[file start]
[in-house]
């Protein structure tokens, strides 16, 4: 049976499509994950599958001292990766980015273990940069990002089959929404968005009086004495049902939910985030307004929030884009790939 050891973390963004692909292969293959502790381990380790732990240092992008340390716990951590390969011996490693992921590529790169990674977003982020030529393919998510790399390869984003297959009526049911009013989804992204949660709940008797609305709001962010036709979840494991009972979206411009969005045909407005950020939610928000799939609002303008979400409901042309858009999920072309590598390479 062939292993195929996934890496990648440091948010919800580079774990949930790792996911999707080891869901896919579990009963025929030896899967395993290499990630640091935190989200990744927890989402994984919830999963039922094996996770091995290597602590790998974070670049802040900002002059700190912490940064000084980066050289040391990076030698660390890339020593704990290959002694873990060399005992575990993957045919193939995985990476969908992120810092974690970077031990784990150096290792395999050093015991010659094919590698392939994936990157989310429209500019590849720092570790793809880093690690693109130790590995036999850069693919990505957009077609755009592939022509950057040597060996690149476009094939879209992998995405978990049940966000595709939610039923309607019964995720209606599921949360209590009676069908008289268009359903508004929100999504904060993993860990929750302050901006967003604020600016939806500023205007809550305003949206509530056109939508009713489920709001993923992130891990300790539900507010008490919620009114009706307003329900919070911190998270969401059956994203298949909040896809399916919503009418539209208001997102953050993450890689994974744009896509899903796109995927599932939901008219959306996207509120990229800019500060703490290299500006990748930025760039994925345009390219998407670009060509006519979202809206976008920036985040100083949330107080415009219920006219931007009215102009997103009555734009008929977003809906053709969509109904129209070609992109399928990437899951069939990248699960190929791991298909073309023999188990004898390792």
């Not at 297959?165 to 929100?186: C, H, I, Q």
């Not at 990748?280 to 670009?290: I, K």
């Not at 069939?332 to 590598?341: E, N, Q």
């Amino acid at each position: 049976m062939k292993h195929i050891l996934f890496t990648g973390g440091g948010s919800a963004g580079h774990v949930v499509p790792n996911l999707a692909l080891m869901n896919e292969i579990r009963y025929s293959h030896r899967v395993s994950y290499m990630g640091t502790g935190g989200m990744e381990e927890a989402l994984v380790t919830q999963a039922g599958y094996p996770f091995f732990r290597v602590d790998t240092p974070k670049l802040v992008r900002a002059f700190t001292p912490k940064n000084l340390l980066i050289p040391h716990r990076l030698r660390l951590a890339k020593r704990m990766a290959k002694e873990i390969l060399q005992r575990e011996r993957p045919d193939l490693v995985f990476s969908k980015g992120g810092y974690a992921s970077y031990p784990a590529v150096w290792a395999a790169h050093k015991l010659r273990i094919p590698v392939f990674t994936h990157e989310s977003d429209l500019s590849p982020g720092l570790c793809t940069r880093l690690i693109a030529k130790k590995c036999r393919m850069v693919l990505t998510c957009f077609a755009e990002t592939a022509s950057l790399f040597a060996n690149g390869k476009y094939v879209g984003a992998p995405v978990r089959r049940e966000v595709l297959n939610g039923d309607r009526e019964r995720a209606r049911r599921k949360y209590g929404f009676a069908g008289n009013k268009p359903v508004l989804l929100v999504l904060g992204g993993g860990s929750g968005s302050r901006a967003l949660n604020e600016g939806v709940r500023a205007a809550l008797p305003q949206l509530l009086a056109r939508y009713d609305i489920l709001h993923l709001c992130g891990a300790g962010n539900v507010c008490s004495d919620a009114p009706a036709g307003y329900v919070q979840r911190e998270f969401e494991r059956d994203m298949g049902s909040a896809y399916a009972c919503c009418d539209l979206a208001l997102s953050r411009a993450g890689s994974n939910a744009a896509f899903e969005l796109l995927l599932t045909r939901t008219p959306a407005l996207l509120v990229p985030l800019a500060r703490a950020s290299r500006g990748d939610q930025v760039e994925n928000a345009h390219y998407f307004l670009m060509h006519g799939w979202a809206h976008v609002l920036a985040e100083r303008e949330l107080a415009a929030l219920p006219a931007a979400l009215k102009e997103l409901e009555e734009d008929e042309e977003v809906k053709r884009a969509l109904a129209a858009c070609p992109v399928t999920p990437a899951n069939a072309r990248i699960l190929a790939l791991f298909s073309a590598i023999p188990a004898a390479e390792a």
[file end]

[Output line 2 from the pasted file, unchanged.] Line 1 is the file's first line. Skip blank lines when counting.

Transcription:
């Protein structure tokens, strides 16, 4: 049976499509994950599958001292990766980015273990940069990002089959929404968005009086004495049902939910985030307004929030884009790939 050891973390963004692909292969293959502790381990380790732990240092992008340390716990951590390969011996490693992921590529790169990674977003982020030529393919998510790399390869984003297959009526049911009013989804992204949660709940008797609305709001962010036709979840494991009972979206411009969005045909407005950020939610928000799939609002303008979400409901042309858009999920072309590598390479 062939292993195929996934890496990648440091948010919800580079774990949930790792996911999707080891869901896919579990009963025929030896899967395993290499990630640091935190989200990744927890989402994984919830999963039922094996996770091995290597602590790998974070670049802040900002002059700190912490940064000084980066050289040391990076030698660390890339020593704990290959002694873990060399005992575990993957045919193939995985990476969908992120810092974690970077031990784990150096290792395999050093015991010659094919590698392939994936990157989310429209500019590849720092570790793809880093690690693109130790590995036999850069693919990505957009077609755009592939022509950057040597060996690149476009094939879209992998995405978990049940966000595709939610039923309607019964995720209606599921949360209590009676069908008289268009359903508004929100999504904060993993860990929750302050901006967003604020600016939806500023205007809550305003949206509530056109939508009713489920709001993923992130891990300790539900507010008490919620009114009706307003329900919070911190998270969401059956994203298949909040896809399916919503009418539209208001997102953050993450890689994974744009896509899903796109995927599932939901008219959306996207509120990229800019500060703490290299500006990748930025760039994925345009390219998407670009060509006519979202809206976008920036985040100083949330107080415009219920006219931007009215102009997103009555734009008929977003809906053709969509109904129209070609992109399928990437899951069939990248699960190929791991298909073309023999188990004898390792």